Antiques show to benefit Kerr Memorial Museum

| Sunday, March 2, 2014, 7:21 p.m.

Oakmont's Kerr Memorial Museum is celebrating the “tin anniversary” of its antiques show at the Oakmont Country Club starting March 7.

“In the Victorian era, a couple married 10 years were given something whimsical made of tin, which represents something that's durable, but bendable,” says Joan Stewart, co-chairwoman of the event, which benefits the Kerr Museum at 402 Delaware Ave., Oakmont. “Often, these items had no other purpose. They were a tin top hat or a tin umbrella. They are very rare to find these days.”

Perhaps some of those rare tin items will be showcased at the annual antiques show March 7 to 9.

The show will feature 25 dealers, most from outside of the region, to help shoppers find something they can't get locally. However, there still will be local representation, including East End Galleries.

“We asked the dealers to bring some things made of tin — something interesting and different,” says Jack Squires, show manager. “For instance, one of the dealers is bringing a store tea container made of tin. It's quite large.”

Squires says there's a range of prices for many items to appeal to many budgets.

“That's unusual for antique shows, which tend to confine themselves to a specific price range,” he says.

This year, three new dealers from New York and Indiana will bring items.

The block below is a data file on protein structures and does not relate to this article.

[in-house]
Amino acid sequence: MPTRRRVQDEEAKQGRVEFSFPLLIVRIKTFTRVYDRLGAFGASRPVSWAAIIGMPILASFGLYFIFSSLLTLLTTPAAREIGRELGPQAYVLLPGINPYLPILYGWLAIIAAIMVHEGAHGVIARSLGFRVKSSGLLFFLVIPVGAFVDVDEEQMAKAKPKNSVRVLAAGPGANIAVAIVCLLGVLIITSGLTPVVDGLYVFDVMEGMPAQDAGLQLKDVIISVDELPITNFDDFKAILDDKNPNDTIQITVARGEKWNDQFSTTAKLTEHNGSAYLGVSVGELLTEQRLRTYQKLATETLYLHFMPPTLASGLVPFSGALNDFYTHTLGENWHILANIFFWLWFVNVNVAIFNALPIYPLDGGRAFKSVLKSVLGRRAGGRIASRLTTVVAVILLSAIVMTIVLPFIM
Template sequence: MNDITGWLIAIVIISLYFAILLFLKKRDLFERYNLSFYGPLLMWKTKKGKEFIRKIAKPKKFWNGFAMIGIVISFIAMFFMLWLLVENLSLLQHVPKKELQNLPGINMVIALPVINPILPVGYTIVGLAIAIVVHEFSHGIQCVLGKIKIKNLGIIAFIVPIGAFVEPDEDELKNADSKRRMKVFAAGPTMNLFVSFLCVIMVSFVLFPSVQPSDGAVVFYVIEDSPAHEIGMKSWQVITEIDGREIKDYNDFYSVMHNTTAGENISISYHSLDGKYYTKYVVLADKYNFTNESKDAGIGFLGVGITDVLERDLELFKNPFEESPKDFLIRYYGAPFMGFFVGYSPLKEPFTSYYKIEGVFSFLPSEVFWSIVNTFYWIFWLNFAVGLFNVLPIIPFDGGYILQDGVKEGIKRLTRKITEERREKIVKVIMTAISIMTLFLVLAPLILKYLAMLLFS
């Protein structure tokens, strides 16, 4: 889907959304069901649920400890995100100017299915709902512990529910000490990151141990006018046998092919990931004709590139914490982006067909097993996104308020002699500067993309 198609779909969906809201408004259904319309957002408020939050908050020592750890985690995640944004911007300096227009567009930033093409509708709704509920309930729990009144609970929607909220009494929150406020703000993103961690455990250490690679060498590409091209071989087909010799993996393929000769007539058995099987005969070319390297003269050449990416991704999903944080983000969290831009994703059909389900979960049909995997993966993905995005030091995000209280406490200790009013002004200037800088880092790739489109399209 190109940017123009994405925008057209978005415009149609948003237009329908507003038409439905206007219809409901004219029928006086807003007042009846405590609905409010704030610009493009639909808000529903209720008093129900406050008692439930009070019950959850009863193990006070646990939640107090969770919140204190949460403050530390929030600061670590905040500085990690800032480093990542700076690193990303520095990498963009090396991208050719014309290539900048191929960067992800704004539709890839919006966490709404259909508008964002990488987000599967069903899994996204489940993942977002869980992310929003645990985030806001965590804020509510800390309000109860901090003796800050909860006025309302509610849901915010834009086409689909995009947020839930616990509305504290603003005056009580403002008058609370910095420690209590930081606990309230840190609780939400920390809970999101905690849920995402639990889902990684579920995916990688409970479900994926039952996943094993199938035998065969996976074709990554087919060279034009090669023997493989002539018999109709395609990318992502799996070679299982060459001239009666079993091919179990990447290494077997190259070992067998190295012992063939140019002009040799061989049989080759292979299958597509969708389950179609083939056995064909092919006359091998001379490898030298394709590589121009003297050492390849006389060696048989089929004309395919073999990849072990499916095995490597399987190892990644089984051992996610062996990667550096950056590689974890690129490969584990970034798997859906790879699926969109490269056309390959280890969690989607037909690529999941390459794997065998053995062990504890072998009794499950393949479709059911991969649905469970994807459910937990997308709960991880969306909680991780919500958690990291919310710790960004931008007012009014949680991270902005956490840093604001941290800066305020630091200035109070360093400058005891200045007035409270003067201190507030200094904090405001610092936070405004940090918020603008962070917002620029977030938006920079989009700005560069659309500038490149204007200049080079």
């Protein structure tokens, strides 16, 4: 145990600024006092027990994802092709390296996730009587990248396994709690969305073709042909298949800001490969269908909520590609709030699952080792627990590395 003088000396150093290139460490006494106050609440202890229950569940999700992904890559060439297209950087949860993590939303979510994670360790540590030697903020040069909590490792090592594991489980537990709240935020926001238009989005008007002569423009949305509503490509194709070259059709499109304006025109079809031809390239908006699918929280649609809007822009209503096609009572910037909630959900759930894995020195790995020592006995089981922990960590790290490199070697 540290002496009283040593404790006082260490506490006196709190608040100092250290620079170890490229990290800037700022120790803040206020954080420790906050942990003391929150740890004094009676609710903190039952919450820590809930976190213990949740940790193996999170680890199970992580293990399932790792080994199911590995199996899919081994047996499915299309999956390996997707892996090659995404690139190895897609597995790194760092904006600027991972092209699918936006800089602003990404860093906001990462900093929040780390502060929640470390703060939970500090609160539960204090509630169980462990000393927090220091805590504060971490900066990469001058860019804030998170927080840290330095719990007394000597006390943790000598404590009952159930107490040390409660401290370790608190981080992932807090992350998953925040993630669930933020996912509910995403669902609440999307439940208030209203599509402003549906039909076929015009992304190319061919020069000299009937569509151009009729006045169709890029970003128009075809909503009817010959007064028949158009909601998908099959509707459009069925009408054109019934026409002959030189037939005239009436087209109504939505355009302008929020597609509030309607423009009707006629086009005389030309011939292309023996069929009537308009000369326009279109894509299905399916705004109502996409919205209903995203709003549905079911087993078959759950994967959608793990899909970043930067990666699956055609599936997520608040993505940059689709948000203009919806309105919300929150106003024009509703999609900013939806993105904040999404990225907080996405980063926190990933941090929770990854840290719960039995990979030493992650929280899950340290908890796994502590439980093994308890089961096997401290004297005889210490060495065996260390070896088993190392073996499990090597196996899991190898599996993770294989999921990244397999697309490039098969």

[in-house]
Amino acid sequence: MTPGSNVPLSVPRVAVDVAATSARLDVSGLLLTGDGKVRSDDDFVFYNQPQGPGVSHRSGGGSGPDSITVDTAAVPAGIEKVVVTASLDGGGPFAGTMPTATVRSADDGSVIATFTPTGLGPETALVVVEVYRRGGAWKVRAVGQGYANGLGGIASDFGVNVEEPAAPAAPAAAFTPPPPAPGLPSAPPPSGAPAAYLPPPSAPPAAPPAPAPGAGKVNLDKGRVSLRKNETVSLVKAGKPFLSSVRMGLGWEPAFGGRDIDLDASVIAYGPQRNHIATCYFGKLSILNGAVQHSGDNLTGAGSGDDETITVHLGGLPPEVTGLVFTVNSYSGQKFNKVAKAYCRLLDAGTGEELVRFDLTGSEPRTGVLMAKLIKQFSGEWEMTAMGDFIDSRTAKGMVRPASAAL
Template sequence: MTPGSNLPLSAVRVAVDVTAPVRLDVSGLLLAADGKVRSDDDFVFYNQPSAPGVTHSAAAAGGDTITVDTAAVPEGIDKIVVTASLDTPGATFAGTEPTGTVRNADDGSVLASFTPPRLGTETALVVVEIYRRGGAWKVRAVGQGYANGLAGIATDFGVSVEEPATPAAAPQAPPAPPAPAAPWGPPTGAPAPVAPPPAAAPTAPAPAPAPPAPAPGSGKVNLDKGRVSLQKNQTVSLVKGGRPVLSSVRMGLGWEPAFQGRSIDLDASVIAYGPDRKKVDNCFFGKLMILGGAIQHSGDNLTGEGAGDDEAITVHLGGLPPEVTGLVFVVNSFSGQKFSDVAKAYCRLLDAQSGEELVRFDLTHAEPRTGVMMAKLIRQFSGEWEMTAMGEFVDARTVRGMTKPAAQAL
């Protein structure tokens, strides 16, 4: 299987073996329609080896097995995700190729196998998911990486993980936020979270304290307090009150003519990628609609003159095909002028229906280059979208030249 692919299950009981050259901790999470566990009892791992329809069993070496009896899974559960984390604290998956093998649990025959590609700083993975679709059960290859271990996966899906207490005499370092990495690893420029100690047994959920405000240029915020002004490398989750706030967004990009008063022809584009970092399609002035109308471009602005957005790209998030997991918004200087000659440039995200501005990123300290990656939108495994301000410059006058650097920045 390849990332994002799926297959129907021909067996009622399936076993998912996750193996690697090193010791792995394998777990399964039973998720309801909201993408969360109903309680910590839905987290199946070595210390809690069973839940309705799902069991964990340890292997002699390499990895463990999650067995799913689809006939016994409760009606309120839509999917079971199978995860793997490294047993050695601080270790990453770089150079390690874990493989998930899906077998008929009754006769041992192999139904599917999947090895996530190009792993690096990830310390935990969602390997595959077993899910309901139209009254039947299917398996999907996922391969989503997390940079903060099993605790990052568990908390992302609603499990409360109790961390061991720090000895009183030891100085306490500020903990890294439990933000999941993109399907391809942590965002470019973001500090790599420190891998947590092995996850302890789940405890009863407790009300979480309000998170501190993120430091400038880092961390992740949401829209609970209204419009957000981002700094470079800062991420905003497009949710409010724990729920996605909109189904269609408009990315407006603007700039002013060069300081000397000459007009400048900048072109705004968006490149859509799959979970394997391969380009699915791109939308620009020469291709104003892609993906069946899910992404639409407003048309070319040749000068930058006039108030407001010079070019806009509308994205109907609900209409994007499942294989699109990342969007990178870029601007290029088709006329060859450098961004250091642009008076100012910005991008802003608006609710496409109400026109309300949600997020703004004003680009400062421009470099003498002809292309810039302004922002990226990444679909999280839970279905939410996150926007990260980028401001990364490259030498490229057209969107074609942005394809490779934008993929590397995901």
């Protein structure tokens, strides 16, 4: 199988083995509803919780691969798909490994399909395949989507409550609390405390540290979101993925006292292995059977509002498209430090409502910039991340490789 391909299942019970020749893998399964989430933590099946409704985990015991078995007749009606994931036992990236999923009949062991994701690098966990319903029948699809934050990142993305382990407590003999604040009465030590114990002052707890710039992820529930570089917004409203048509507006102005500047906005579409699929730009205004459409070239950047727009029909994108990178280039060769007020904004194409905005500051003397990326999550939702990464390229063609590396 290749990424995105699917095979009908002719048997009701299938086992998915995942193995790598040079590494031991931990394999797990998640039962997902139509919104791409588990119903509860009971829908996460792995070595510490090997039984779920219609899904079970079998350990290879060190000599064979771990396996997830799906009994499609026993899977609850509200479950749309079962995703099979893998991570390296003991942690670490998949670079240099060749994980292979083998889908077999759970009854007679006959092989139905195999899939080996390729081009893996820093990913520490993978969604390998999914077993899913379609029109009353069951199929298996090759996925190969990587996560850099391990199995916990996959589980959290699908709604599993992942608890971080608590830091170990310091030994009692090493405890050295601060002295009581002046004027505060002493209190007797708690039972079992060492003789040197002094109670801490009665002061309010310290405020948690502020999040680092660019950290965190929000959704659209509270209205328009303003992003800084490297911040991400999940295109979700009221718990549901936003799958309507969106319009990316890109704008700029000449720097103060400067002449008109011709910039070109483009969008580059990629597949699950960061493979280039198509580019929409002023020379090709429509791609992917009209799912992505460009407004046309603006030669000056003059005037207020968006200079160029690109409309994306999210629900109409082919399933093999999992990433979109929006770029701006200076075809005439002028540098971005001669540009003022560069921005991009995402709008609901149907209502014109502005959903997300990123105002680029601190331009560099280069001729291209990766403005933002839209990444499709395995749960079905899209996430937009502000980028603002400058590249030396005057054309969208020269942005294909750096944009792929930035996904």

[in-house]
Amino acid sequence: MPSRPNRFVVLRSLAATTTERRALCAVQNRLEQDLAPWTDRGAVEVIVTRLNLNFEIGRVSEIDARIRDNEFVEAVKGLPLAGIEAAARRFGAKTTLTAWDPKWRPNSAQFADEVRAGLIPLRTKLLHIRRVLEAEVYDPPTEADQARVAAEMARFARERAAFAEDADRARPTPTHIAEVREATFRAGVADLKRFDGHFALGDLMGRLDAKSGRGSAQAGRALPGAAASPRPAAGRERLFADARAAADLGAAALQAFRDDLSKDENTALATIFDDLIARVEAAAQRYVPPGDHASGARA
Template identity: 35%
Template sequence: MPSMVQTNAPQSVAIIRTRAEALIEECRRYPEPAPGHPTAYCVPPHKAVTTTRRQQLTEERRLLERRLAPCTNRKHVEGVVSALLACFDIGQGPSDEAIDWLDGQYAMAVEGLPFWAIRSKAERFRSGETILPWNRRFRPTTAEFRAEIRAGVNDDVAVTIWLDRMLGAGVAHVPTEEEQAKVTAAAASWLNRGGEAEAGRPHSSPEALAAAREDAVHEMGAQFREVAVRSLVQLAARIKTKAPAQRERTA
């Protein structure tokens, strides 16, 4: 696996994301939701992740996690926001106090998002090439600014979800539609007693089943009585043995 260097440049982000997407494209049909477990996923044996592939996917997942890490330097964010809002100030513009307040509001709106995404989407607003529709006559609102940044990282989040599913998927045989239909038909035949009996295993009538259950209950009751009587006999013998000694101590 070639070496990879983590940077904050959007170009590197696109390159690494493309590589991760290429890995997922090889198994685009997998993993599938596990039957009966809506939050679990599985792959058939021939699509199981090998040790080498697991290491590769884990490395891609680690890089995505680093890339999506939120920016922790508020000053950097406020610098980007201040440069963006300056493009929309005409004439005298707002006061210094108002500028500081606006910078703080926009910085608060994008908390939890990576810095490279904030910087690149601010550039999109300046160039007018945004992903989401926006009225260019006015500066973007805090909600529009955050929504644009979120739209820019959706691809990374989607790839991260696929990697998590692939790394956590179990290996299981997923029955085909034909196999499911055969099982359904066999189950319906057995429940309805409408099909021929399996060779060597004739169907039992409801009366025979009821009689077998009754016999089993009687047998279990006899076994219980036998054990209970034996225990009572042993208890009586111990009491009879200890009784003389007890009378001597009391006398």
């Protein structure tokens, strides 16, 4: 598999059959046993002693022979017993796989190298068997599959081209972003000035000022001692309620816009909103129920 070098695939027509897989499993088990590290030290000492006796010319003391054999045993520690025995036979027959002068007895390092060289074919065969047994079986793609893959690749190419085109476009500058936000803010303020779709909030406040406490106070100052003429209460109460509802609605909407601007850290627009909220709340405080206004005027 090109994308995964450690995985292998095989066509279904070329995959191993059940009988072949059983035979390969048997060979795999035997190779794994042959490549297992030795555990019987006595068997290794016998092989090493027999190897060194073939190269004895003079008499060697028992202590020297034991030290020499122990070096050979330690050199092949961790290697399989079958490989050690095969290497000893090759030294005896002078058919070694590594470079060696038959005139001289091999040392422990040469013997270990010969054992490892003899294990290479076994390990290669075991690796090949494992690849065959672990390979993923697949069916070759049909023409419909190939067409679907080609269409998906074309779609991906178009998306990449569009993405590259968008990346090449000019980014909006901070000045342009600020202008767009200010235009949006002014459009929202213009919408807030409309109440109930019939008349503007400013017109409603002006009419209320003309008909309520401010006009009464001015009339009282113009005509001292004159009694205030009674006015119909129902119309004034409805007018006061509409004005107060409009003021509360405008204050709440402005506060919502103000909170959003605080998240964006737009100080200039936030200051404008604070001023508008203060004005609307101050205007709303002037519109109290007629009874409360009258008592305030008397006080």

“Adrian Morris has a variety of small items, most are museum quality, and are displayed much like museum pieces on pedestals. Tom and Marsha Brown have everything from fine furniture to paintings. Rebecca Hare specializes in porcelain and china dating as far back as the 18th century,” Squires says.

Another dealer who joined the show last year, Kevin Ransom of New York, specializes in rare and out-of-print books.

“He has a good selection of early children's books,” Squires says.

This year's event will include a cocktail party March 7. At $75 per ticket, partygoers can get a preview of the items.

All the proceeds from the weekend event — which draws about 1,000 people — will benefit the Kerr museum.

The 117-year-old Victorian house where the museum is located needs a new roof, says Stewart, who shares the chairwoman duties with Jan Shoop and Diana Thompson.

In 1897, Thomas Kerr, the first doctor in Oakmont, built a Queen-Anne-style home. The house served as a home for his wife, Jessie, and daughter, Virginia, as well as the doctor's medical office.

Virginia Kerr lived in the house until she died in 1994. She taught English in the Oakmont public schools for 42 years. She bequeathed her home to Oakmont Borough to be used as a museum in memory of her father.

The museum brings to life the middle-class experience in the area at the turn of the 20th century.

Stephanie Ritenbaugh is a contributing writer for Trib Total Media.

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